BirdLife International is a global partnership of conservation organisations that strives to conserve birds, their habitats, and global biodiversity, working with people towards sustainability in the use of natural resources. It is the world's largest partnership of conservation organisations, with over 120 partner organisations.It has a membership of more than 2.5 million people and partner organizations in more than 100 countries. Major partners include Royal Society for the Protection of Birds, the Wild Bird Society of Japan, and the U.S. National Audubon Society. The group’s headquarters are located in Cambridge, UK.
The project seeks to advance ecosystems restoration on Ile aux Aigrettes Nature Reserve, a site of national and international biodiversity importance, and the surrounding sea. Recognising that terrestrial conservation and seabird colony re-establishment has benefits for both land and marine ecosystems, the project will conduct focused, seabird friendly, habitat restoration and seabird attraction.
In August 2011, BirdLife International entered into a collaborative agreement with Nairobi Convention Secretariat on a project titled: Enhancing the Protection of Birds in the Marine and Coastal Environment of the Nairobi Convention. The collaborative project was focused on reviewing the bird listed in the Convention’s 'Protocol Concerning Protected Areas and Wild Fauna and Flora in the Eastern African Region.
WIO-C is a consortium of international and regional Non-Governmental Organizations (NGOs) in partnership with intergovernmental organizations that have presence and are active in regional marine and coastal ecosystem management in the WIO region. It was established during the impelementation of the project on ‘Addressing Land Based activities in the Western Indian Ocean (WIOLaB) to provide a framework for NGOs working in the WIO region to harmonize and advance efforts to protect, conserve, and manage the coastal and marine environment of the WIO region while working to alleviate poverty and attain sustainable livelihoods for the most vulnerable segments of its population. It also aims to support synergy in programmes of work on marine and coastal ecosystem management and promote knowledge and information sharing amongst stakeholders in the WIO region, as well as provide a mechanism for non-governmental entities to anchor activities in the Nairobi Convention and other intergovernmental processes, thus strengthening their implementation.
Aim of this report is to:
- Provide an objective and scientific basis for listing birds in the Protocol Concerning Endangered Wild Fauna and Flora in the East Africa Region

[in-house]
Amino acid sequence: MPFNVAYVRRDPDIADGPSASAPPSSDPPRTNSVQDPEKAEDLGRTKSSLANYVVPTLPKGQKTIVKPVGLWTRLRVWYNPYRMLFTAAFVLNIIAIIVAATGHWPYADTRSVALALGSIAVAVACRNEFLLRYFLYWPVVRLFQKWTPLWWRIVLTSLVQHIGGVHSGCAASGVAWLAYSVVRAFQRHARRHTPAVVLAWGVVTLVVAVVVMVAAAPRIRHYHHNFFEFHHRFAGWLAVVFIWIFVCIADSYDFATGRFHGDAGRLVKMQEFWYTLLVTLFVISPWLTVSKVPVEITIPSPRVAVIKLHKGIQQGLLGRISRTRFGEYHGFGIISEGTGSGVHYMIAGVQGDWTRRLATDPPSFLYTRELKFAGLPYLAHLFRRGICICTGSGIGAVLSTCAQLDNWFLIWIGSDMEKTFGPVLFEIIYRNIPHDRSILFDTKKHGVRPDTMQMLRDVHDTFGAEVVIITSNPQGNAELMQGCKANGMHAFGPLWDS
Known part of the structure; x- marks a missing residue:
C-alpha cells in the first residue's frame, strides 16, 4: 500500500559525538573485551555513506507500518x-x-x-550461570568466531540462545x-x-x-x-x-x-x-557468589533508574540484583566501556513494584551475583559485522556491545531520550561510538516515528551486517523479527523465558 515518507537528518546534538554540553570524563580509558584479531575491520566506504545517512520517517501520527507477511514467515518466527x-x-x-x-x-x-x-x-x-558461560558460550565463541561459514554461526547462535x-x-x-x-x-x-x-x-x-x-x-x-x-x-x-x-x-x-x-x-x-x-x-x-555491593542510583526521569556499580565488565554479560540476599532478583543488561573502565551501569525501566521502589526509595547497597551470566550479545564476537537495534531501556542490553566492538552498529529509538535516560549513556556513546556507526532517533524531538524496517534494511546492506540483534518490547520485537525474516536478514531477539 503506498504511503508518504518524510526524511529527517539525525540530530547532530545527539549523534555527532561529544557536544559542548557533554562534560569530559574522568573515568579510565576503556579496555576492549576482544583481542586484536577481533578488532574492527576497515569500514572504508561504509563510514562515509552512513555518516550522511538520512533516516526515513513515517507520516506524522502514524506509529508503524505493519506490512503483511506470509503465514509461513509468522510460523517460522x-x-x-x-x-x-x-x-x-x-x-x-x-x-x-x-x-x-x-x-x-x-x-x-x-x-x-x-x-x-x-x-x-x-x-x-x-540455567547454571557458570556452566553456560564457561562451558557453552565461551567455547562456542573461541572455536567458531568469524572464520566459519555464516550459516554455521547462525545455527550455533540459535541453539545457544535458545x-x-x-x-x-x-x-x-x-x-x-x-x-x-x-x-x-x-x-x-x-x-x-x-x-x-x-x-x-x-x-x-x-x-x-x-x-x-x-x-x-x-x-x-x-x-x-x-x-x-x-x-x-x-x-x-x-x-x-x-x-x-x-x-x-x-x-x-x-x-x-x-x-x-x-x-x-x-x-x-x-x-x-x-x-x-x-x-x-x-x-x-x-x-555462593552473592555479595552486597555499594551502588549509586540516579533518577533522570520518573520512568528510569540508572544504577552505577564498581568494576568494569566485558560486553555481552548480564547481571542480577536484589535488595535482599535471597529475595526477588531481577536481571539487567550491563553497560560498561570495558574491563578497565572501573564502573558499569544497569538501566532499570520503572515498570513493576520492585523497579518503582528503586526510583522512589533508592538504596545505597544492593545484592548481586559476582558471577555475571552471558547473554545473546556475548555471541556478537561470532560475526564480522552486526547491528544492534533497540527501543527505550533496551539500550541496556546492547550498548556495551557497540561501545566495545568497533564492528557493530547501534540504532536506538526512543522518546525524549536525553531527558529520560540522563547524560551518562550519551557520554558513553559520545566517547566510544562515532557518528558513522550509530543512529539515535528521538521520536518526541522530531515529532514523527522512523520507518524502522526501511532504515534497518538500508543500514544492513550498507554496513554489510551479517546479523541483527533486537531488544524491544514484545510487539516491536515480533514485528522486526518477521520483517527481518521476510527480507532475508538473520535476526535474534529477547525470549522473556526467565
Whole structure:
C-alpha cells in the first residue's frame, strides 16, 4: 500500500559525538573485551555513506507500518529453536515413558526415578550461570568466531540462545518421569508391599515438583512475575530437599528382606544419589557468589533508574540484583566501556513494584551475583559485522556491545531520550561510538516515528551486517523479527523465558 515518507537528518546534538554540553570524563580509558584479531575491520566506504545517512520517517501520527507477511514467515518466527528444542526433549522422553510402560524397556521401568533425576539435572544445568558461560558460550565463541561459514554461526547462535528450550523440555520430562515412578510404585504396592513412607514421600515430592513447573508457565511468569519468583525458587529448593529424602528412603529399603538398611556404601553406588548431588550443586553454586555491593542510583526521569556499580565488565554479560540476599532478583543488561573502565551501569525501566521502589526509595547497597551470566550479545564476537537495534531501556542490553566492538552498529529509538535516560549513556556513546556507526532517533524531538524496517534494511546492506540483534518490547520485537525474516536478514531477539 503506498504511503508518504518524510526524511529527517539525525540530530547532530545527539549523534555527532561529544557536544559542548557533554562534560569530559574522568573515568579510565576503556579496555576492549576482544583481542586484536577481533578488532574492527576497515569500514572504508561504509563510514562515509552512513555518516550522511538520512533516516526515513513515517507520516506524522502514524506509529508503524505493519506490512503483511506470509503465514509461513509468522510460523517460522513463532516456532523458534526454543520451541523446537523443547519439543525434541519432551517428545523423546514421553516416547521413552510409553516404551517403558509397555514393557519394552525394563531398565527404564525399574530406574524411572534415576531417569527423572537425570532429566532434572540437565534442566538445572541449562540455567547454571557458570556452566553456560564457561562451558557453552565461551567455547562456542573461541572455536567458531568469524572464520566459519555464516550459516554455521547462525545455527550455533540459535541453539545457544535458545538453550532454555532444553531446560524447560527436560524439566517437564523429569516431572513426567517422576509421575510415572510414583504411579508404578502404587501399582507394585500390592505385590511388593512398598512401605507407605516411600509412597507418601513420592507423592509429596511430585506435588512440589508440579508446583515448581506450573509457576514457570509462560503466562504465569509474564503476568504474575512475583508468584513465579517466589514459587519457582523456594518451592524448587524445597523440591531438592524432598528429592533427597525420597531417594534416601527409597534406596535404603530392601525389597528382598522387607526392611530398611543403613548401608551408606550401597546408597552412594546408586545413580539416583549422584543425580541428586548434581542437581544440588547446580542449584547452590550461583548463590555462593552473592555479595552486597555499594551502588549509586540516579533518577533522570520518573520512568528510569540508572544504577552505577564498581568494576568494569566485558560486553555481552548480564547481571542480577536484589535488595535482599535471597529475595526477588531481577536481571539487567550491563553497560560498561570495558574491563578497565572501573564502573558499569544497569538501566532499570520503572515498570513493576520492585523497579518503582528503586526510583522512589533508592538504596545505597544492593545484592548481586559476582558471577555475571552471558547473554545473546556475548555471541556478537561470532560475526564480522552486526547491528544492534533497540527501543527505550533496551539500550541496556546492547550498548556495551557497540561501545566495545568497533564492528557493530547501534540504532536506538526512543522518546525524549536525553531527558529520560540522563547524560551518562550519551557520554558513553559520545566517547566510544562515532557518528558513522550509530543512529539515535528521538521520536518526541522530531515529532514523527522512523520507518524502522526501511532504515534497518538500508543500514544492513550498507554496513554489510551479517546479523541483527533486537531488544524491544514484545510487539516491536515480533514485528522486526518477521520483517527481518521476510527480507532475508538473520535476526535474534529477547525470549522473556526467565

- Provide information on the status of birds and the key habitats in the region
- Use information on birds to extrapolate the status of the wider ecosystems in the WIO region
The presentation gave an overview of background to the technical workshop, including a summary of the objectives of the IOC Biodiversity Program. The presented workshop objectives were a) to review and validate the regional status report of sharks and rays in the Nairobi Convention region of the Western Indian Ocean, b) to develop a Regional Roadmap for advancing shark and ray conservation and management in the region, and c) to initiate networking by shark experts in the region. The workshop agenda (see Annex I) was also summarised
The Nairobi Convention, Western Indian Ocean Marine Science Association (WIOMSA) and Birdlife International are organizing a meeting of the Consortium for the Conservation of the Coastal and Marine Ecosystems in the Western Indian Ocean region (WIO-C) to be held on 06 September 2019 in Seychelles.
Data and information for this report was compiled by Engagement Communautaire pour Developpement Durable (ECDD); Bristol Conservation and Science Foundation’s (BCSF) with support from BirdLife International project in the Comoros working in partnership with Durrell Wildlife Conservation Trust (Durrell).
Madagascar has expressed its concerns about the precious richness of the marine and coastal area by ratifying the ʺNairobi Conventionʺ in 2001. Madagascar has important marine and coastal biodiversity. It has important concentrations of threatened coastal and marine birds. The coast of Madagascar plays an important role in the life cycle of several migratory birds, and is the end destination for many migratory shorebirds. Many bird species are endemic and resident to the coastal area of Madagascar.